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Requested Recipe:

ROSEMARY WINES


"Is there such a thing as Rosemary wine?" Nigella, location unknown.



ROSEMARY


The herb rosemary (Rosemarinus officinalis) is an aromatic evergreen shrub that is so easy to grow I am amazed that anyone buys dried rosemary at the grocery store. It sports light blue flowers that themselves can be made into a wine, but it is the greenish-gray leaves that are of primary interest to us here. I have never made this wine, even though my wife and I have several exceptional rosemary plants growing in our garden.


ROSEMARY WINE (1)

Mix sugar in water and bring to boil, stirring frequently to dissolve. Bruise rosemary leaves with the tines of a fork, put in jelly bag and tie closed. Put bag in primary. When sugar is dissolved and water comes to boil, pour over bag. Drip drain bag several times to allow flavor of leaves to seep into water. Taste. If flavor is not strong enough, dunk bag several more times or as long as necessary until satisfied with flavor. Remove bag and discard leaves, cover primary with cloth and let cool to room temperature. Add all remaining ingredients except yeast and stir to dissolve. After 12 hours, add activated yeast. Recover and stir daily until specific gravity reaches 1.020 or lower. Rack to secondary and fit airlock. Ferment 30 days, rack, top up and refit airlock. Rack every additional 60 days for 6 months. Stabilize and sweeten to taste. After 10 days, rack into bottles. Allow to age 6 months before tasting. Will improve to about two years. [Adapted from Terry Garey's The Joy of Home Winemaking]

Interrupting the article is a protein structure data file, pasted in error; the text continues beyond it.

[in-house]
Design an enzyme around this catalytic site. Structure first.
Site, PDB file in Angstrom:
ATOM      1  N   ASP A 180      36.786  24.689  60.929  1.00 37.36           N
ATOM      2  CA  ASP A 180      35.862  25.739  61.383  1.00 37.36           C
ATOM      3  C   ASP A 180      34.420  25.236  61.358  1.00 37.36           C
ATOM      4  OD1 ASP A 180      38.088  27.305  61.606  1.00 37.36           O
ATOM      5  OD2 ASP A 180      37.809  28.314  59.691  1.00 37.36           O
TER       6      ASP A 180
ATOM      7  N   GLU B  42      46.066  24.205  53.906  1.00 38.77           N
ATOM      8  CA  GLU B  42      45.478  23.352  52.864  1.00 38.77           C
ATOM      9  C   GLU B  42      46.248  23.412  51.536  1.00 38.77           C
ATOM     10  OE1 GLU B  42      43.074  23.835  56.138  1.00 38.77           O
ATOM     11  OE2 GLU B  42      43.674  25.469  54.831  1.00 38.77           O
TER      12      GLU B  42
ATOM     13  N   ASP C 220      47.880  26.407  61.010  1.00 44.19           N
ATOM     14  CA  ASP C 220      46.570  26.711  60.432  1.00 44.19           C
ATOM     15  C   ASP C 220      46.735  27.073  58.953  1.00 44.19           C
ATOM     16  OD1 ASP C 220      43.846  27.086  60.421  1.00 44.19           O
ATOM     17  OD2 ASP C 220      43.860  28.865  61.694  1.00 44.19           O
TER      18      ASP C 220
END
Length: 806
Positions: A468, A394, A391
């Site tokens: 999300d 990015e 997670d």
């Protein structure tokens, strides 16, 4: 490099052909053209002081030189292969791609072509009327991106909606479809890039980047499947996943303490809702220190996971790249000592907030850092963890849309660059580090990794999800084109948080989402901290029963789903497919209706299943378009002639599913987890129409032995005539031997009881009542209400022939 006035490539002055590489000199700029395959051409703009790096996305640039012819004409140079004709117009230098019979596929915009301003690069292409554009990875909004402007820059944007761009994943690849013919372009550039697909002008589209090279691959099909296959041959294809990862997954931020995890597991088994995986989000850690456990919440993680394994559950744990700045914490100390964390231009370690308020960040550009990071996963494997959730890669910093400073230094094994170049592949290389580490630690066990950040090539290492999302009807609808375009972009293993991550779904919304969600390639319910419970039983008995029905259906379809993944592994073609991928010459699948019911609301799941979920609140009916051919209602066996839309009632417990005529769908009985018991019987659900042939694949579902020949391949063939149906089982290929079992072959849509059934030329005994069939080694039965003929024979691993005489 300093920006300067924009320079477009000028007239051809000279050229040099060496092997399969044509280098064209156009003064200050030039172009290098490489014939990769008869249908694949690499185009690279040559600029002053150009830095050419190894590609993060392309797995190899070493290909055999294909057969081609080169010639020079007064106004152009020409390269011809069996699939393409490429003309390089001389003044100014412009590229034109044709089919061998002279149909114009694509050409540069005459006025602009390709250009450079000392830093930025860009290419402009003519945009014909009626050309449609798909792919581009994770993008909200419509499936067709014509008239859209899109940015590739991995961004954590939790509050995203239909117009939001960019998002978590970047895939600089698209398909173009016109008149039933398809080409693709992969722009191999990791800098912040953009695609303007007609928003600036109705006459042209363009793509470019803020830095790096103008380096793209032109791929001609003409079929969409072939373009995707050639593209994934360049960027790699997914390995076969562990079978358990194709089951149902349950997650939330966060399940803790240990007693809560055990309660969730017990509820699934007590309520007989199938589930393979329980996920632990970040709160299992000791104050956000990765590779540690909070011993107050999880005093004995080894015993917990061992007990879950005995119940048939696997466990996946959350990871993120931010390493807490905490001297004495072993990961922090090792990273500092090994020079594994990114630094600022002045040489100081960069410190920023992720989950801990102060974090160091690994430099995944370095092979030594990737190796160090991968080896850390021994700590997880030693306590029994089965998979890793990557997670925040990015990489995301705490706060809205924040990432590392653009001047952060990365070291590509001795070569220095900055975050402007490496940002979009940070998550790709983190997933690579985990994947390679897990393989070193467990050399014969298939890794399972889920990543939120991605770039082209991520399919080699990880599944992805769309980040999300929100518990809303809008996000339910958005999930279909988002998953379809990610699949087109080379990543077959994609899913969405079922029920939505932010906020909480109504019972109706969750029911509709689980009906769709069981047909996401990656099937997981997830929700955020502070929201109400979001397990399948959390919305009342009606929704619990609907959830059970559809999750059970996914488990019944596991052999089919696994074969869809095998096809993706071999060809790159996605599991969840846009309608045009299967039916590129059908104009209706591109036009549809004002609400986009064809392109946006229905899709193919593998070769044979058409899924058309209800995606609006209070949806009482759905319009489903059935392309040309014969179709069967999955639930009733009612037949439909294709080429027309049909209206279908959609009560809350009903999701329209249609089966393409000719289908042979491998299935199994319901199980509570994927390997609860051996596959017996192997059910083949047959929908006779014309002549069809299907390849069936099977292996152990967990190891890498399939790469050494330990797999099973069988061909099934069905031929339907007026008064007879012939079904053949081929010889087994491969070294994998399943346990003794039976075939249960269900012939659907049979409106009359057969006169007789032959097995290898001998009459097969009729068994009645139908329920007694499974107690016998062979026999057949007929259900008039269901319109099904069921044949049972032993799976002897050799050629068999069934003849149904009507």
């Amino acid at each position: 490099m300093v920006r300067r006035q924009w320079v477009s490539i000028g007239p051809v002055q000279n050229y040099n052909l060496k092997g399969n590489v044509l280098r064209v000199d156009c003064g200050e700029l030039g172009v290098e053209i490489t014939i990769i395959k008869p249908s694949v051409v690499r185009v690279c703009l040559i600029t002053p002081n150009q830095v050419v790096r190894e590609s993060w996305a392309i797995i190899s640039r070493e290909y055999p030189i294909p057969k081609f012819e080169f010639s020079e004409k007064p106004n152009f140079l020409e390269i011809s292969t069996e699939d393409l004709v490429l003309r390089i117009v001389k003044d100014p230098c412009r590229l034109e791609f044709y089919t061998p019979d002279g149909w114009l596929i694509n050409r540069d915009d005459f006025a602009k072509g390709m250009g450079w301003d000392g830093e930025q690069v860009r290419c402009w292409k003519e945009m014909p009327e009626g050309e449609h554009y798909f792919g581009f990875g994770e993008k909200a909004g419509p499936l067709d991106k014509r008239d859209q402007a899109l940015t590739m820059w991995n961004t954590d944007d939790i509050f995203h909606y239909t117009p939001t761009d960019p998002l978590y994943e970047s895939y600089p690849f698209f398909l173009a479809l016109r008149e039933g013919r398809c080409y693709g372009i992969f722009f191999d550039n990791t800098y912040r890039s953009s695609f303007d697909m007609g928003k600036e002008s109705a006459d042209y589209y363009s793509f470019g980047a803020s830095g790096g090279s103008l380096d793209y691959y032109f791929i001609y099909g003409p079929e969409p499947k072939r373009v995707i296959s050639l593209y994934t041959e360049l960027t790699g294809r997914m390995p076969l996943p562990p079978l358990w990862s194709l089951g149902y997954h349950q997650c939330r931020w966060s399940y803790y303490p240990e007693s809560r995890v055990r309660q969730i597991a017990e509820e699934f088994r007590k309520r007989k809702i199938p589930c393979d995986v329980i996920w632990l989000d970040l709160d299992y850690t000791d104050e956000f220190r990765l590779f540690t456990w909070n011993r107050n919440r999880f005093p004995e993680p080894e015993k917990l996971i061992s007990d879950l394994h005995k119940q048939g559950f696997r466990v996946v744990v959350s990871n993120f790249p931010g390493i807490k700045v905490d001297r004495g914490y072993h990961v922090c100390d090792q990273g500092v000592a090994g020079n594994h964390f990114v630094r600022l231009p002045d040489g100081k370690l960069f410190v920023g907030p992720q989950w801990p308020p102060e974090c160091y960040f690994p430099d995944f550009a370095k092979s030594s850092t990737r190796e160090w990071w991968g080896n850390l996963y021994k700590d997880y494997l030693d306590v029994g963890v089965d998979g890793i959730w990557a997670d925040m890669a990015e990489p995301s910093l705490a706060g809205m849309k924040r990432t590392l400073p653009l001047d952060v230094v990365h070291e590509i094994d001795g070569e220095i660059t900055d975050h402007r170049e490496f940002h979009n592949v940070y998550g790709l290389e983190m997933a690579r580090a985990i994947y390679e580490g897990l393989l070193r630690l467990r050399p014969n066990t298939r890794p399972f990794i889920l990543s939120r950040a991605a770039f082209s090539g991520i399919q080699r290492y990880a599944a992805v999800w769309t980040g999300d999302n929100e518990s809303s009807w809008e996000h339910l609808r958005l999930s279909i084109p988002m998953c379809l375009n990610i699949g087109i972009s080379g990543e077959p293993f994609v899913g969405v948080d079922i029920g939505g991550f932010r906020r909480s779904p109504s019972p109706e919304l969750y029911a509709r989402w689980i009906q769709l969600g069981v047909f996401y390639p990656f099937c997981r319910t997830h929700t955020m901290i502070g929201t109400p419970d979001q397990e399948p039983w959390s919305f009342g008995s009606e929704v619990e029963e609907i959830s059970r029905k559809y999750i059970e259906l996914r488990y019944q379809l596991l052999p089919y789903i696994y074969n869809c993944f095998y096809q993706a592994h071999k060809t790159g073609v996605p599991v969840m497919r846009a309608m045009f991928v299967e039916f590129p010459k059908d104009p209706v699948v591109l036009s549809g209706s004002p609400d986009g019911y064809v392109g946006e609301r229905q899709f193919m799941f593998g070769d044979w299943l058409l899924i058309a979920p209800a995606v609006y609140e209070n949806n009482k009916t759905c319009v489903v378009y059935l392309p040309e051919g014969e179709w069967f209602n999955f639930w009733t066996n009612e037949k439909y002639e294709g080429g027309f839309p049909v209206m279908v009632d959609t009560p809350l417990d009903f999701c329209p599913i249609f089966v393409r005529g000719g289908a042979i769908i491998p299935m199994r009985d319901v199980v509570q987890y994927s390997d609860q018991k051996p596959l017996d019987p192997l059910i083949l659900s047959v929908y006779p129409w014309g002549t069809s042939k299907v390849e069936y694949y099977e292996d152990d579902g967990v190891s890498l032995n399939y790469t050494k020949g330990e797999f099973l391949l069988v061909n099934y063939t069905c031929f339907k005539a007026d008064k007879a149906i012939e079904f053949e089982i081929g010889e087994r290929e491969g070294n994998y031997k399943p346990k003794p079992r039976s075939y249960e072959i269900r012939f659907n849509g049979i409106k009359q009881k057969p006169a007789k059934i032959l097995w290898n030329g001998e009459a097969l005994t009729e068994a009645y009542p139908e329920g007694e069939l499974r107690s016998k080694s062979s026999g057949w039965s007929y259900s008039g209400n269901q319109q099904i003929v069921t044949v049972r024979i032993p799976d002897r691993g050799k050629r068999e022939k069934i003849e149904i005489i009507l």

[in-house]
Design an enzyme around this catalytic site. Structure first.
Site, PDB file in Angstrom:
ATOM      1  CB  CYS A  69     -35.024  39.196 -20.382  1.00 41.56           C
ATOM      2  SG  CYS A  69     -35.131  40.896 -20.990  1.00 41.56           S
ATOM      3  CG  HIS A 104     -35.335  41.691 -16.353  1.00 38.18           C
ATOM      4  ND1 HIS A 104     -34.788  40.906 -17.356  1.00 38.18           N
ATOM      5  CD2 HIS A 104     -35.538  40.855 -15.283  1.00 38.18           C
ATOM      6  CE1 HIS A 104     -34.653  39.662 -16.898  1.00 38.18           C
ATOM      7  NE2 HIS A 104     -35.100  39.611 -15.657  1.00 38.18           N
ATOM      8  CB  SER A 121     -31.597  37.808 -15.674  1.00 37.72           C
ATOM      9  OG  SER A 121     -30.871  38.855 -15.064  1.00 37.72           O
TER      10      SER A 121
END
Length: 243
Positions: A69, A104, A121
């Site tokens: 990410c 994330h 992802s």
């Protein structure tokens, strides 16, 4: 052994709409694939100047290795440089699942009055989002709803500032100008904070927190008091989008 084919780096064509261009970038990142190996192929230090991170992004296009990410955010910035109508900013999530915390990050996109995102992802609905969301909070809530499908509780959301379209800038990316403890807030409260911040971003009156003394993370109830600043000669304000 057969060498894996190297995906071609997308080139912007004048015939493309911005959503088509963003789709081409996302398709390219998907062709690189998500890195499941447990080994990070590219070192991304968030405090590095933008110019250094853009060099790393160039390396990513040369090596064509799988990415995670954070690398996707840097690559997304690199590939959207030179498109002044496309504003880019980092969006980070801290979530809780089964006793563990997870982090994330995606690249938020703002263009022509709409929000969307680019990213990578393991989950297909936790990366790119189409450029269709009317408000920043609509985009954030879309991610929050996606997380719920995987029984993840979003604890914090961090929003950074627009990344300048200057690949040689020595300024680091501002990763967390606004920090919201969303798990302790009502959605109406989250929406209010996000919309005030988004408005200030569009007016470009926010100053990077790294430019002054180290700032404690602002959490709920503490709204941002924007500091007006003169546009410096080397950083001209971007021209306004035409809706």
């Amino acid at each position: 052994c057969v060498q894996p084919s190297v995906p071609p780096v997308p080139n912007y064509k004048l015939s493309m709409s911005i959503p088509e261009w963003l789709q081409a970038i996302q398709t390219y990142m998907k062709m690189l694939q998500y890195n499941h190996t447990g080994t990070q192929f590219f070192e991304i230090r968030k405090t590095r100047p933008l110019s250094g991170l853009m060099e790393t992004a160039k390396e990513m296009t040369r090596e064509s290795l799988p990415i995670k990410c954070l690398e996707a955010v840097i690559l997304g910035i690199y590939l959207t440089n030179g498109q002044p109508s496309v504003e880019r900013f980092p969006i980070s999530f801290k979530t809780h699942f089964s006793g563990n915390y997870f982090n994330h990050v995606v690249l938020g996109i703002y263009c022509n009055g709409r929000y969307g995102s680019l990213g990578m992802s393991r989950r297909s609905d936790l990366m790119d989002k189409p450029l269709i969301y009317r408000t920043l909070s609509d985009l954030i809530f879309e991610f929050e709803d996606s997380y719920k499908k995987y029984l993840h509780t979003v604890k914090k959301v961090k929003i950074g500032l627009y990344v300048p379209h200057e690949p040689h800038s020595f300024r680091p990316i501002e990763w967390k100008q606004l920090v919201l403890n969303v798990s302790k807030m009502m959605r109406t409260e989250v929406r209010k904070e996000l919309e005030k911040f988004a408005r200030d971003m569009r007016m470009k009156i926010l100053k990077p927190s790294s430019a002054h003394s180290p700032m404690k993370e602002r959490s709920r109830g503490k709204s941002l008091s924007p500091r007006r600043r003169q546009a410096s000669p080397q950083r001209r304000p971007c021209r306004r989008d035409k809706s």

ROSEMARY WINE (2)

Mix sugar in water and bring to boil, stirring frequently to dissolve. Add dried rosemary leaves in a jelly bag and tie closed. Put bag in primary. When sugar is dissolved and water comes to boil, pour over bag. Cover primary with a clean cloth. When water cools to room temperatue, add all remaining ingredients except yeast and stir to dissolve. After 12 hours, add activated yeast. Recover and stir daily, tasting each time. When satisfied of flavor, remove bag and descard contents. Continue fermentation until specific gravity reaches 1.020 or lower. Rack to secondary and fit airlock. Ferment 30 days, rack, top up and refit airlock. Rack every additional 60 days for 6 months. Stabilize and sweeten to taste. After 10 days, rack into bottles. Allow to age 6 months before tasting. Will improve to about two years. [Adapted from Terry Garey's The Joy of Home Winemaking]


My thanks to Nigella for this request.

This page was updated on October 25th, 2001

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